birth mum

  • Cagey

    post mod (English Only / Latin)
    English - US
    You may.

    However, you are substituting a clinical word that would usually be used only by academics and specialists for the kind of word people in this situation actually use.
     

    EnchiladaJack

    Senior Member
    USA, English
    However, you are substituting a clinical word that would usually be used only by academics and specialists for the kind of word people in this situation actually use.
    I dunno about that...I probably would have used the phrase "biological mother," myself.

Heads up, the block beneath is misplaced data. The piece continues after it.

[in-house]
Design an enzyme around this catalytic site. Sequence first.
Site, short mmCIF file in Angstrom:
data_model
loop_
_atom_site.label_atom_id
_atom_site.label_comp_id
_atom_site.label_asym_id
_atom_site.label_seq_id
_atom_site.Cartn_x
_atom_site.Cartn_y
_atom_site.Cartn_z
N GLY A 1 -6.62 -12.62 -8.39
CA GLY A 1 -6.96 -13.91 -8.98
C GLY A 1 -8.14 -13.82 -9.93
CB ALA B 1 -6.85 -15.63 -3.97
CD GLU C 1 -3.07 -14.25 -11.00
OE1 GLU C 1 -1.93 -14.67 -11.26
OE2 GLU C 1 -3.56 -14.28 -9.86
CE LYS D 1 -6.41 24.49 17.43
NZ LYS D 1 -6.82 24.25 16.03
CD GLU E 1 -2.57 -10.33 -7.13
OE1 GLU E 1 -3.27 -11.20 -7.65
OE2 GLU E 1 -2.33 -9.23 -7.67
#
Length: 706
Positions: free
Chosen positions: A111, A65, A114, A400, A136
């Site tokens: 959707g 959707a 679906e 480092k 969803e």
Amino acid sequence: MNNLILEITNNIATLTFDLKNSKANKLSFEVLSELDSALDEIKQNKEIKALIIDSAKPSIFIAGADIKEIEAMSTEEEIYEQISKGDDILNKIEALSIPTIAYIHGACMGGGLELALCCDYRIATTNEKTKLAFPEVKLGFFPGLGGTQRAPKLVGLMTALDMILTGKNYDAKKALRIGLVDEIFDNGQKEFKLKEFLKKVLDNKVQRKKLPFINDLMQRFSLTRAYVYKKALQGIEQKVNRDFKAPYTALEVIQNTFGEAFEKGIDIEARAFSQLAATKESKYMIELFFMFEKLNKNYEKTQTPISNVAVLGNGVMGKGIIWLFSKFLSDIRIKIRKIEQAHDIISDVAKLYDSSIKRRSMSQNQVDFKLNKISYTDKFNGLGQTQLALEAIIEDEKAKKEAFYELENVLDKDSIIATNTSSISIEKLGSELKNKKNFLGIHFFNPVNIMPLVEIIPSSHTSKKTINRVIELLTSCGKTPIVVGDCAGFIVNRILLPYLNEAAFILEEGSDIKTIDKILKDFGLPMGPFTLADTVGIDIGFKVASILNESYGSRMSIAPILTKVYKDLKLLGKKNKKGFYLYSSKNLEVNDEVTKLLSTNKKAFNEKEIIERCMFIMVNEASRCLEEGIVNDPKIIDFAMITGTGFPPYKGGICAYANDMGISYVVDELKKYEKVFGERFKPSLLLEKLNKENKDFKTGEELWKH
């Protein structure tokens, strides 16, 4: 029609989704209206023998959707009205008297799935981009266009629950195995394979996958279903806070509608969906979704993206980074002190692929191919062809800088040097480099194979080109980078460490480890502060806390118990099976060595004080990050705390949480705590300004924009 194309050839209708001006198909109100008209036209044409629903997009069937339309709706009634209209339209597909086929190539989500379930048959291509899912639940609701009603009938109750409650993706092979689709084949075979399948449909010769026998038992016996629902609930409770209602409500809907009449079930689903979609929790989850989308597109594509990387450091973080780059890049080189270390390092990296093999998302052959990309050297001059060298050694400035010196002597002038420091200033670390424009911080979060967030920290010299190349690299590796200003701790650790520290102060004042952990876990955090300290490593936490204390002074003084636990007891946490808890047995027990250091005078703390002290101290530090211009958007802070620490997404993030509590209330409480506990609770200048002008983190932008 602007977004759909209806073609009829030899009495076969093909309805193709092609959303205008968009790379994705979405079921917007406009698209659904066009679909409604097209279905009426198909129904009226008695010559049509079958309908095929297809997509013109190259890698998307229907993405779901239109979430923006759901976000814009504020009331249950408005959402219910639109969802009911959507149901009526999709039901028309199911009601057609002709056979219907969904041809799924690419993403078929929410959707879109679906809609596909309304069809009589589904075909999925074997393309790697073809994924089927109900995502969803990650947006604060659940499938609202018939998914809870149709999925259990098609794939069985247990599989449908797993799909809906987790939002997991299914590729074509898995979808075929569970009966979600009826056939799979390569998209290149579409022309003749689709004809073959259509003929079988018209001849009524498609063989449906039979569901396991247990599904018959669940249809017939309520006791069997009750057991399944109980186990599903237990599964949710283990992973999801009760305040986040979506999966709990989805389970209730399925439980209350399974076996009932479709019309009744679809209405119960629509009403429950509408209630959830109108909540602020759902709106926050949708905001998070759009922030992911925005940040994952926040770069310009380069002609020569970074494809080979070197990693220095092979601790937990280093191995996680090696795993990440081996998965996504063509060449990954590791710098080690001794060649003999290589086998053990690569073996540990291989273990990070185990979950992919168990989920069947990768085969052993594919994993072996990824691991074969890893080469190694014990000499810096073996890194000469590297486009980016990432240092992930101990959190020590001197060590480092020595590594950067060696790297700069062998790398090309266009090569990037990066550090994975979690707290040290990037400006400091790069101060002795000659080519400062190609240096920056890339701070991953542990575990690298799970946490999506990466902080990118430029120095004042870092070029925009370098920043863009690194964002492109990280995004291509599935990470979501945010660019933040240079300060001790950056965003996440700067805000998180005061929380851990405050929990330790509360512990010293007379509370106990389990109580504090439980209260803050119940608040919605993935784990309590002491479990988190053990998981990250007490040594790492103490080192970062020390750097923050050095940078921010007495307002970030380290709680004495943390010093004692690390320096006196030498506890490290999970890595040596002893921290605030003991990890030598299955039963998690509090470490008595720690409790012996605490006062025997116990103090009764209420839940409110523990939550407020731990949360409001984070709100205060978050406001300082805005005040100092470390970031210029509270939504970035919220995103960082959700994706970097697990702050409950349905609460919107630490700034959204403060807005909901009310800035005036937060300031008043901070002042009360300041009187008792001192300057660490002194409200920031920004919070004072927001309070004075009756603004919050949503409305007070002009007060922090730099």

Cagey

    post mod (English Only / Latin)
    English - US
    I dunno about that...I probably would have used the phrase "biological mother," myself.
    I was speaking of the people I know who are adopted, or related are to people who are adopted.

    You are right to point out that it is wrong to generalize as I did.
     
    In this particular case, the speaker said "mum," not mother. Whereas "biological mother" is a perfectly acceptable phrase, "biological mum" - combining, as it does, a clinical word with an affectionate, colloquial word - sounds rather silly to me.
     
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